Awake and Sing! - A Play and a Cast that Just Keep Getting Better

AWAKE AND SING!, the Clifford Odets powerhouse, was first performed at the Odyssey Theatre in 1994-95 where it ran to packed houses for nine months. And here we are in 2015, twenty years later, with the very same play, the same director (Elina de Santos), and three of the original cast (Marilyn Fox, Richard Fancy, and Dennis Madden) – again wowing audiences at the Odyssey. A bittersweet drama about a middle class family struggling to maintain during the depression of the 1930s, the Odets play might seem at first glance to be somewhat dated by today’s standards – but is it really? The four original members of the AWAKE AND SING! production were asked what they thought about the Odets play in today’s world – and if they found that much had changed since they performed the piece in 1995.


Awake and Sing - James Morosini and Marilyn Fox - Photo by Sossi

Marilyn Fox portrays the uber-controlling matriarch of the family, at once reprehensible and sympathetic, who tries in the only way she knows how to force the family to survive. In 1995, Richard Fancy played the cynical World War I amputee with designs on matriarch Bessie’s daughter. Currently, he is cast as the matriarch’s brother, wealthy Uncle Morty, who offers and at the same time withholds a dangling economic carrot before the family. Dennis Madden is Schlosser, the building manager, reprising the same role he had in the original. The entire production is still artfully helmed by director Elina de Santos. The interviews delve into the effects of twenty years of experience and life on their views of the Odets play.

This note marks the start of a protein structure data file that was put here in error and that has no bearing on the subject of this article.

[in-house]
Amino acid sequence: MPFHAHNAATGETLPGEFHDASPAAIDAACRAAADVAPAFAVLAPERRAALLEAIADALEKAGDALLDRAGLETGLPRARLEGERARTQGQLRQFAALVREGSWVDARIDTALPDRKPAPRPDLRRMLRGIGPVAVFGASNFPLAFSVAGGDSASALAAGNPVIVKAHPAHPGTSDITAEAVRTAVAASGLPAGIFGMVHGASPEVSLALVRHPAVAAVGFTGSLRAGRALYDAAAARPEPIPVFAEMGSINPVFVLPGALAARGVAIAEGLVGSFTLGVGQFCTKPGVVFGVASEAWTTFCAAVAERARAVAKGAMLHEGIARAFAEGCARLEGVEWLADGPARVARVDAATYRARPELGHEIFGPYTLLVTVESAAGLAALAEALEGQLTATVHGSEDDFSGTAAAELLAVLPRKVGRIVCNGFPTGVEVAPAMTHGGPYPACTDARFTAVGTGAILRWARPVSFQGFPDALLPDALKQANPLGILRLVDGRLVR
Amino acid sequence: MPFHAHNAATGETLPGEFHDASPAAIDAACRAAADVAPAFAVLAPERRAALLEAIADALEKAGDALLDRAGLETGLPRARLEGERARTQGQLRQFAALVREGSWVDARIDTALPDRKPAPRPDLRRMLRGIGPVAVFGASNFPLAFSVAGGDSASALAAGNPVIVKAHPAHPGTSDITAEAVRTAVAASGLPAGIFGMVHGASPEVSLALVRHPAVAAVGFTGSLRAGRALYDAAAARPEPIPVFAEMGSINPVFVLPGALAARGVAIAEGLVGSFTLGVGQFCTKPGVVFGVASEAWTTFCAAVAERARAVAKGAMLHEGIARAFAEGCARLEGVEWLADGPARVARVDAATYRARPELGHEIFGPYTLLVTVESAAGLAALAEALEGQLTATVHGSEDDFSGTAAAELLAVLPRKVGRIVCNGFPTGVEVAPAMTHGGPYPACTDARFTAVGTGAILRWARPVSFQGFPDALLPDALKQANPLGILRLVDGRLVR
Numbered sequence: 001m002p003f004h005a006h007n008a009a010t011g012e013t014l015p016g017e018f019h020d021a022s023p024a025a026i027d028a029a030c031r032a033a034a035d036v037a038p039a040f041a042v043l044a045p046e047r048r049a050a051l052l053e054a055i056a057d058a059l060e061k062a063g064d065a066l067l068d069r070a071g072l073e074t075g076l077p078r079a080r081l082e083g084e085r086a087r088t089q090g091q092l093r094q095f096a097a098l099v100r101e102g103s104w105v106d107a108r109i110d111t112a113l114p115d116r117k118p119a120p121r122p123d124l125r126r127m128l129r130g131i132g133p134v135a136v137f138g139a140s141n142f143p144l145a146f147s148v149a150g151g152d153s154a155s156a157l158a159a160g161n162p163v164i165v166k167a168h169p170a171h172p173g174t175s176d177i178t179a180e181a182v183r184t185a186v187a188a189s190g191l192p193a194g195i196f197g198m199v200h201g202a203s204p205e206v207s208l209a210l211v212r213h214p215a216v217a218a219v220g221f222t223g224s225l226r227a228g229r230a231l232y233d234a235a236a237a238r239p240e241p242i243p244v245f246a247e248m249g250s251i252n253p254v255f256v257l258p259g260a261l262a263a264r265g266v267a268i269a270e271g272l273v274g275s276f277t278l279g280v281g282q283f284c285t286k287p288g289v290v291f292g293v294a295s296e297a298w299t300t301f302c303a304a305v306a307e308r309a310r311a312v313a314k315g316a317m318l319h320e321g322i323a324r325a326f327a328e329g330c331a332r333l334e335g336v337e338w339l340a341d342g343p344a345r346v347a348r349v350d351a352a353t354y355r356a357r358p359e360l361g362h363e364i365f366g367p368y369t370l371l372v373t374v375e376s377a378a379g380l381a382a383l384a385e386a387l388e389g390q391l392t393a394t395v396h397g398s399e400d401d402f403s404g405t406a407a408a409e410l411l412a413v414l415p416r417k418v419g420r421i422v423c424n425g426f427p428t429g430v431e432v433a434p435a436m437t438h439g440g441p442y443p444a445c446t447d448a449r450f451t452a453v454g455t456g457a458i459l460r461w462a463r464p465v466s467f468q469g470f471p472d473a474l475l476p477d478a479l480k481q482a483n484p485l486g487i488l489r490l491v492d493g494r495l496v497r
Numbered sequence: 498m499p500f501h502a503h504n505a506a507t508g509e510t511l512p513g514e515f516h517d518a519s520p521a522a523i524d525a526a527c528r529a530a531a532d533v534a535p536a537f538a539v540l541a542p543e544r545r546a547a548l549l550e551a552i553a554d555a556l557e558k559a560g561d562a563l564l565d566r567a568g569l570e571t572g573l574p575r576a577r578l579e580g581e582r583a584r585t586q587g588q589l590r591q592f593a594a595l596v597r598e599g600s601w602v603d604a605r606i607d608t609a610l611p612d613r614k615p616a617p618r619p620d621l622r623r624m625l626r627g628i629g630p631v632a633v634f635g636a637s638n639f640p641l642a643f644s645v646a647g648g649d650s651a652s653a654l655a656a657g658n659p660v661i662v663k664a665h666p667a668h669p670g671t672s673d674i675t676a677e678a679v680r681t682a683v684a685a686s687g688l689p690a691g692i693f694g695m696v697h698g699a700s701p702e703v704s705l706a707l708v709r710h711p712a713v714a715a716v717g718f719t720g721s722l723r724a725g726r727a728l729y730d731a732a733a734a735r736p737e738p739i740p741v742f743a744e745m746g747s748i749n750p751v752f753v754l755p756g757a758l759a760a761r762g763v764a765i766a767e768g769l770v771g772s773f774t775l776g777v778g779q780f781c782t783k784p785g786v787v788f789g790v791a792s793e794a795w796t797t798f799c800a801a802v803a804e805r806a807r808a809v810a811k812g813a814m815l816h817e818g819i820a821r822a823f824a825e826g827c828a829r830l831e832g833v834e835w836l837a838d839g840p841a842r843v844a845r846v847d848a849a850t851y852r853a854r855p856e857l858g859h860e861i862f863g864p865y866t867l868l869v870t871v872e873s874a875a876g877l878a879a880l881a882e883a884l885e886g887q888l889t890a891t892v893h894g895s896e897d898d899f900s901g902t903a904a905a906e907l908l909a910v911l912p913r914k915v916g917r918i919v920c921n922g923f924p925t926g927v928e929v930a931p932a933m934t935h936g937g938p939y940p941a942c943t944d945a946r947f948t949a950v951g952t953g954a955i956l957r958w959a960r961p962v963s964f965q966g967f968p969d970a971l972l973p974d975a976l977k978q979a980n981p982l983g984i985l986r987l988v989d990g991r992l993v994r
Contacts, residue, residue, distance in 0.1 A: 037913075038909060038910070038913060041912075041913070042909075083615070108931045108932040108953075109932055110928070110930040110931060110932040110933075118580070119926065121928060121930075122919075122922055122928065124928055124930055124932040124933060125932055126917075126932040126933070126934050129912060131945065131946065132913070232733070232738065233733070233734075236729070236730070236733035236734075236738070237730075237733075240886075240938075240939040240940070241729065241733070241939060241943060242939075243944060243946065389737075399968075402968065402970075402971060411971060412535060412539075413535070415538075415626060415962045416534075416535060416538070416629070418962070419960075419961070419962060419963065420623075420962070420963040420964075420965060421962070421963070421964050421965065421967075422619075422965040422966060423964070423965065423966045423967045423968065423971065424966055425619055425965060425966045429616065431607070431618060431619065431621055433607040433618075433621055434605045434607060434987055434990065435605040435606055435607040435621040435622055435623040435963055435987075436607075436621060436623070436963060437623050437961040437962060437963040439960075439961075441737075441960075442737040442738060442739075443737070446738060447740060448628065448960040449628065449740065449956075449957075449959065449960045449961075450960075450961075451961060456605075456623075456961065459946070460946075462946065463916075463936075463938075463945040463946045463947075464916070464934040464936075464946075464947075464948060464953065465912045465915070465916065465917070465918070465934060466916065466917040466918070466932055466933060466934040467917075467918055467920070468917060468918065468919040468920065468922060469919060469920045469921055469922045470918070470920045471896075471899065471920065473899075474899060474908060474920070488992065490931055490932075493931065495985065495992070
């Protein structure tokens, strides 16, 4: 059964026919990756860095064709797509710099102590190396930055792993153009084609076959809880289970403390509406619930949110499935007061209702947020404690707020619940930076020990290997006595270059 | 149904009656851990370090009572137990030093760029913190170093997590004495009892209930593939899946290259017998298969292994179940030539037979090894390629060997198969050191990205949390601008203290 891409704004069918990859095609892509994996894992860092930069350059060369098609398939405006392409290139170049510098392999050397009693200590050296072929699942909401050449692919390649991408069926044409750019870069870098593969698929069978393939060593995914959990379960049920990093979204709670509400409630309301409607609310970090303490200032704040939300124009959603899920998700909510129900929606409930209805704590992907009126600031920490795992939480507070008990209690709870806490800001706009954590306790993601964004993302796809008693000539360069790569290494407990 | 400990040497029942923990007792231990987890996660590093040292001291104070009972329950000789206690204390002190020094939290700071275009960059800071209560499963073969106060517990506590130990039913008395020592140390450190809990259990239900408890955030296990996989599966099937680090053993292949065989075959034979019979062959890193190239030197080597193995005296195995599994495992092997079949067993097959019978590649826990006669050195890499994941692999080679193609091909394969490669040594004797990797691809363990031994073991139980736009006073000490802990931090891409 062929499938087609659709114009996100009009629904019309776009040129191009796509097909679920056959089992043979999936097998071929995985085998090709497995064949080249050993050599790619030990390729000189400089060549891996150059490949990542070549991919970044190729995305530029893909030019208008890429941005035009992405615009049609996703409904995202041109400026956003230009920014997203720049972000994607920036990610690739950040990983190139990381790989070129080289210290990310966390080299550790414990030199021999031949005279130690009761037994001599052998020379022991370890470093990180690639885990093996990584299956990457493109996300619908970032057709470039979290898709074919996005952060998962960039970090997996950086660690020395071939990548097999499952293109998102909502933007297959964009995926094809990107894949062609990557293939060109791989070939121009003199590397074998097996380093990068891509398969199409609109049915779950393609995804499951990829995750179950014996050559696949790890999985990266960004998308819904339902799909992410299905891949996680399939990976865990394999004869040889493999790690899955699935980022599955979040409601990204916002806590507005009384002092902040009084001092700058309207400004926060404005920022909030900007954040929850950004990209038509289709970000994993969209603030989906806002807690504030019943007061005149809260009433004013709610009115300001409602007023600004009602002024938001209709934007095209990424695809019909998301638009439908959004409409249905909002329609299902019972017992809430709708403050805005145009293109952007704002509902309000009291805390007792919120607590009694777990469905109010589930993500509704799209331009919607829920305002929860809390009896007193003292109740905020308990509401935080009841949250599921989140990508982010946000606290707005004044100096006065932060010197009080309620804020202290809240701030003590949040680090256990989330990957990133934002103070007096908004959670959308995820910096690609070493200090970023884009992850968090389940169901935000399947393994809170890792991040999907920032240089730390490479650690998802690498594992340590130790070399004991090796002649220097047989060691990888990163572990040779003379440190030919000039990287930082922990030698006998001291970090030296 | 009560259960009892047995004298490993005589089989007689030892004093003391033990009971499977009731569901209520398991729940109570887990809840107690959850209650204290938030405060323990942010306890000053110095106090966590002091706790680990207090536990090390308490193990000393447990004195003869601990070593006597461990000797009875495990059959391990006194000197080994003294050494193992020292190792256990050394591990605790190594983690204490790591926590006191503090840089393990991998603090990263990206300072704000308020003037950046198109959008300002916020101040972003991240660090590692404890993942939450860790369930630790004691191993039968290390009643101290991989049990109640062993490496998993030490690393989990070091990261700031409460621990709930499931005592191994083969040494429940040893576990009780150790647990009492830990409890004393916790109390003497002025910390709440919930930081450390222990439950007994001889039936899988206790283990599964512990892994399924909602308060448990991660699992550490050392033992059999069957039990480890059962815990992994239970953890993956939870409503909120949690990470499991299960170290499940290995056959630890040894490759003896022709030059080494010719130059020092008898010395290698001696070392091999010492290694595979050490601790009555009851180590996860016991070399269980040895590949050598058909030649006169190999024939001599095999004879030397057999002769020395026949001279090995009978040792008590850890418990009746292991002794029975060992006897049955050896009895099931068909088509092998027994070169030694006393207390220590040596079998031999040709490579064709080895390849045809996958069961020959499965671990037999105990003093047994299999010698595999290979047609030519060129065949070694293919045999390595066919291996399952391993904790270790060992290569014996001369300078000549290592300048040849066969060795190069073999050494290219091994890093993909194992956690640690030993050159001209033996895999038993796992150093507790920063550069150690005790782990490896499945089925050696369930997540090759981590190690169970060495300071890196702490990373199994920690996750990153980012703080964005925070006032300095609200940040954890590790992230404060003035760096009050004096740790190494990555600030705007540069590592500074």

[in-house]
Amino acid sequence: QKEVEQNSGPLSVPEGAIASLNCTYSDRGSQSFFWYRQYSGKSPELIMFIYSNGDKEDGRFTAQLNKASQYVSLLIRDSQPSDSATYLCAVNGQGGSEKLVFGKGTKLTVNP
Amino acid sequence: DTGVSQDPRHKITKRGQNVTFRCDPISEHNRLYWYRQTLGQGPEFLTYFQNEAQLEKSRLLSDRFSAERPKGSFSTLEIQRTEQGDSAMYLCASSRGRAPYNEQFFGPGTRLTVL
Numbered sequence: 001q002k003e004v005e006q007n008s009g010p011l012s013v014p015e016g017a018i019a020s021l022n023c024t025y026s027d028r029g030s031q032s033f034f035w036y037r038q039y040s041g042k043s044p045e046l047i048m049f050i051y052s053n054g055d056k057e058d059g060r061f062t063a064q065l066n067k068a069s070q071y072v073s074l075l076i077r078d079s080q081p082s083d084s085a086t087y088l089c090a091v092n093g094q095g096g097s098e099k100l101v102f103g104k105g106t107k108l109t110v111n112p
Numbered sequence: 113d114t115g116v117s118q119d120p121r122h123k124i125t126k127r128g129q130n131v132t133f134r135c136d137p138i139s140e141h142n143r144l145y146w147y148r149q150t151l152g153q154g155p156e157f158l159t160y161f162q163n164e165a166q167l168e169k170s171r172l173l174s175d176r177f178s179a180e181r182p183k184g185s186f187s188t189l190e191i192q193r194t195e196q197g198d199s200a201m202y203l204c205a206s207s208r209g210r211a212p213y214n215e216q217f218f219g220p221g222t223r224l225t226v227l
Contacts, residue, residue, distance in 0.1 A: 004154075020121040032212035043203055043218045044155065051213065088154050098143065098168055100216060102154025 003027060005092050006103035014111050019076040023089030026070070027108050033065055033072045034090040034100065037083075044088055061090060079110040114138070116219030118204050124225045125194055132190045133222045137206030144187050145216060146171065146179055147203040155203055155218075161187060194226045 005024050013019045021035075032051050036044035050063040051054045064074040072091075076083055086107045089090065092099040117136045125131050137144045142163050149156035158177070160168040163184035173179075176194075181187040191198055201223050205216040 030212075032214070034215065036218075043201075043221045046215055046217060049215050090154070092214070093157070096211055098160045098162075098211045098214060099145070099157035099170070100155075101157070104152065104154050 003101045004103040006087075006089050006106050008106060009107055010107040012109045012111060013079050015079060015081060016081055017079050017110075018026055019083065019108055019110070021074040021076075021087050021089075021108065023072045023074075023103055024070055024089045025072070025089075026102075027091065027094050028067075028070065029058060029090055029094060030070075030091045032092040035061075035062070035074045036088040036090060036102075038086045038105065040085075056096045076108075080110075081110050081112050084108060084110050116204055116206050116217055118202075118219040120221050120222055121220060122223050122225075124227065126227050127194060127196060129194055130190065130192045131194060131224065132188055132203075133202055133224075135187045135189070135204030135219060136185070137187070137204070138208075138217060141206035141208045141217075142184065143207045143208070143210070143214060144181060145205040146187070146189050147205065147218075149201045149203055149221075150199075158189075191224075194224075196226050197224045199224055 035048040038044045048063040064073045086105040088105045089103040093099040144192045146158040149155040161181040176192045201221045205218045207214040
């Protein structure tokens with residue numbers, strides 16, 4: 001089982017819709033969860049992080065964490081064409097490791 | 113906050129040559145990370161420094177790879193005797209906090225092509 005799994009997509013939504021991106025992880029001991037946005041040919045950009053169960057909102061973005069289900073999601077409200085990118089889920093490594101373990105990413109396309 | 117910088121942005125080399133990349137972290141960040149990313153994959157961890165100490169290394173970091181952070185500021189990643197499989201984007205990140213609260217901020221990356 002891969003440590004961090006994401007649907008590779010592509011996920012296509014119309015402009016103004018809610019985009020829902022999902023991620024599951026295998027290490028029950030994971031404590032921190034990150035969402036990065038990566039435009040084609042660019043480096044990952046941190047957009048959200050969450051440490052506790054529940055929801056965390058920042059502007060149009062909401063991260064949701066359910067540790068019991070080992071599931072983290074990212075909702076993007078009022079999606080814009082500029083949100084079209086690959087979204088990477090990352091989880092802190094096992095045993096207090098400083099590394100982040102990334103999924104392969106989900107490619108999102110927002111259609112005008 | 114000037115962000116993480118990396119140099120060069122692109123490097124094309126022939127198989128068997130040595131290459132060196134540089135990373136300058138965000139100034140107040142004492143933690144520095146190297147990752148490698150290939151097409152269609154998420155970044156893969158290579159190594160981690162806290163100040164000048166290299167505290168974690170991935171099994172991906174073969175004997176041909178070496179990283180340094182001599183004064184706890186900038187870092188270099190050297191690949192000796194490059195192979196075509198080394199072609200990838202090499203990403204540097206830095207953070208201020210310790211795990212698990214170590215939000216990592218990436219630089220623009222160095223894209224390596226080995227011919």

Awake and Sing - James Morosini and Allan Miller - Photo by Sossi

Do you interpret the play now a little differently than you did 20 years ago? Have your personal experiences affected how you see the play?

De Santos: Yes and no. The world is different, and I am different. Now, the economy is dangerously close to that of the play. We were in a prosperous time in 1994 and 1995. And now, the struggle is tangible and frightening. Understanding how each of the people in the play is fighting for survival and meaning is closer to us. For me, the musicality of the play is more evident. The language is gorgeous, exciting and scintillating. I love it. The nine-character cast all sound different. Bessie, first generation American, her children, second generation, her father and Sam, Russian immigrants, and the building superintendent, a German immigrant. The play has always said deeply personal things to me. My father, born in Spain, was angry like Jacob and spouting Communism; he was a self-proclaimed Socialist. In many ways he was Jacob – only more capable and extremely dominant. My mother was voiceless – more like Hennie than Bessie. My brother was like Morty, part of the system and successful. Perhaps, I see myself in all of them – struggling to survive and to be more than those before me. I’m grateful for the opportunity to revisit AWAKE AND SING! Now, more than ever, it’s about “life in America”

Fox: Bessie still sees things the way she sees them, and I follow how she sees things. Economics play a primary role in the piece, and now I’m more aware of this. People weren’t performng Odets much 20 years ago, so I’m happy we played a part in bringing his work to audiences again. The economics today are perilously close to a lot of what’s in the play. I understood that 20 years ago, but now I’m more aware of how timely this play is.